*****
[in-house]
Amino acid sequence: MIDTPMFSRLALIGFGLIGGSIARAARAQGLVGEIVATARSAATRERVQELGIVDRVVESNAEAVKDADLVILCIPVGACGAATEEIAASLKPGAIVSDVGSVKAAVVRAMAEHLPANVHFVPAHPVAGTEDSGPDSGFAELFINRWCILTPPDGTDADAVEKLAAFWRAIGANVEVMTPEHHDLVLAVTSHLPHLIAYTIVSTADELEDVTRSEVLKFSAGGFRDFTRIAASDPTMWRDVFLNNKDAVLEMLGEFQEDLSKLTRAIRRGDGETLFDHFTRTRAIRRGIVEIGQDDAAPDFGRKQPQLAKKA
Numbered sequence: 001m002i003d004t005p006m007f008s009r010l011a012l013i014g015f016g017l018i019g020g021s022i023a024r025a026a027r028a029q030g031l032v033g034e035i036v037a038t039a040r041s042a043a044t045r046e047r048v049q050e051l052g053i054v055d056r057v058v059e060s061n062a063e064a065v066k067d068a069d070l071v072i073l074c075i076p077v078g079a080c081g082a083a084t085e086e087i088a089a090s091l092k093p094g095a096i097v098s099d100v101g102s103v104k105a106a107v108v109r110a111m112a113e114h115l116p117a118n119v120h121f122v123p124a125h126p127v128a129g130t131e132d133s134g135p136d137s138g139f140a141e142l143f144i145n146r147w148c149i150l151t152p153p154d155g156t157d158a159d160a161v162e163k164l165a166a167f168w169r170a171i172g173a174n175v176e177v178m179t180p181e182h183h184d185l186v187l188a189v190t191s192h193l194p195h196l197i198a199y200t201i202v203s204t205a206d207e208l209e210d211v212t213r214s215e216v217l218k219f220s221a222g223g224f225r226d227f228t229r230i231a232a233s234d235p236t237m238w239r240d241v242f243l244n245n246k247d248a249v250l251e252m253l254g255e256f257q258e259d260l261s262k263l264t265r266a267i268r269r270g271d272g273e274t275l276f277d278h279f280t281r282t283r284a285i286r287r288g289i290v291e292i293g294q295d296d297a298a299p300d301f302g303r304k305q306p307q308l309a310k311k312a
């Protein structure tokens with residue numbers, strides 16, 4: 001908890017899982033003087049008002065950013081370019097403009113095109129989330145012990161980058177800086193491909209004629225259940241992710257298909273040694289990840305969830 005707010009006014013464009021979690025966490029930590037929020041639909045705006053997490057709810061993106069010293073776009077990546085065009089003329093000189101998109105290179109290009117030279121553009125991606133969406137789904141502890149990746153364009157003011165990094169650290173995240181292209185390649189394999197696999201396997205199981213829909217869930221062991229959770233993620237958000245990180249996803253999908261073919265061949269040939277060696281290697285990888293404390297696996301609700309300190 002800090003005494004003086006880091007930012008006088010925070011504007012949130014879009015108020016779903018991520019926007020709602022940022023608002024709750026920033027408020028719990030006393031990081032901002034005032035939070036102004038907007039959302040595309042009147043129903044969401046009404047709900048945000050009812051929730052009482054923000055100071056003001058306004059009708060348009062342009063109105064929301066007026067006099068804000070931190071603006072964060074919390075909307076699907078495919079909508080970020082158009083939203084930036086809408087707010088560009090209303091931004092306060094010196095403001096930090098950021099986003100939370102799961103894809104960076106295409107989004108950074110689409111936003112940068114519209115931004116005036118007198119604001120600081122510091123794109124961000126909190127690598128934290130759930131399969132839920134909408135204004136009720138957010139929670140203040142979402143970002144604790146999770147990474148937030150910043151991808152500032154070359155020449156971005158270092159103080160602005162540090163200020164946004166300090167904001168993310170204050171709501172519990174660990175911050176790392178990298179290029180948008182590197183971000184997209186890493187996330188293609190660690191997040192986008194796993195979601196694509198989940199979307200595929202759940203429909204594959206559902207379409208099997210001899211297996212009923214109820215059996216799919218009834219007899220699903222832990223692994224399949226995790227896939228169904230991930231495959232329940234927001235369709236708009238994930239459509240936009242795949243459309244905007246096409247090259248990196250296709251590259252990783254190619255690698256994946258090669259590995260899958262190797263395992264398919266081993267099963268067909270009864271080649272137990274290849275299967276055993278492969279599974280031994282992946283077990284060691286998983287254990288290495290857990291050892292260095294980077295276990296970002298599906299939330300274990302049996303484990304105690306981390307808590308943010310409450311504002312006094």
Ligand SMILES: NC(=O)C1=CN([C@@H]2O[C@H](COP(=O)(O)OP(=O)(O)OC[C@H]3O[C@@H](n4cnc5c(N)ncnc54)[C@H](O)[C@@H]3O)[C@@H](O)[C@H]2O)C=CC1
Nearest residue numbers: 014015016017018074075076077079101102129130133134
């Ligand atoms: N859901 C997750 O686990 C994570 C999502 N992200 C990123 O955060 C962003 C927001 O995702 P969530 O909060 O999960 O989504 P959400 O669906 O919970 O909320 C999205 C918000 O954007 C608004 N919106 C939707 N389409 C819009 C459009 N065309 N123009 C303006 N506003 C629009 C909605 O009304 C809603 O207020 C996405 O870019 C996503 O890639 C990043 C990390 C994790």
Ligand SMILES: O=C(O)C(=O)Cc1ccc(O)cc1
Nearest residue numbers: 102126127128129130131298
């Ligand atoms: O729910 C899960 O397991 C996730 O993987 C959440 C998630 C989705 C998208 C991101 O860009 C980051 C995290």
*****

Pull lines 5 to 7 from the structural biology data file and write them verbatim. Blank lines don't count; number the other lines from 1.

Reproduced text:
Ligand SMILES: NC(=O)C1=CN([C@@H]2O[C@H](COP(=O)(O)OP(=O)(O)OC[C@H]3O[C@@H](n4cnc5c(N)ncnc54)[C@H](O)[C@@H]3O)[C@@H](O)[C@H]2O)C=CC1
Nearest residue numbers: 014015016017018074075076077079101102129130133134
């Ligand atoms: N859901 C997750 O686990 C994570 C999502 N992200 C990123 O955060 C962003 C927001 O995702 P969530 O909060 O999960 O989504 P959400 O669906 O919970 O909320 C999205 C918000 O954007 C608004 N919106 C939707 N389409 C819009 C459009 N065309 N123009 C303006 N506003 C629009 C909605 O009304 C809603 O207020 C996405 O870019 C996503 O890639 C990043 C990390 C994790």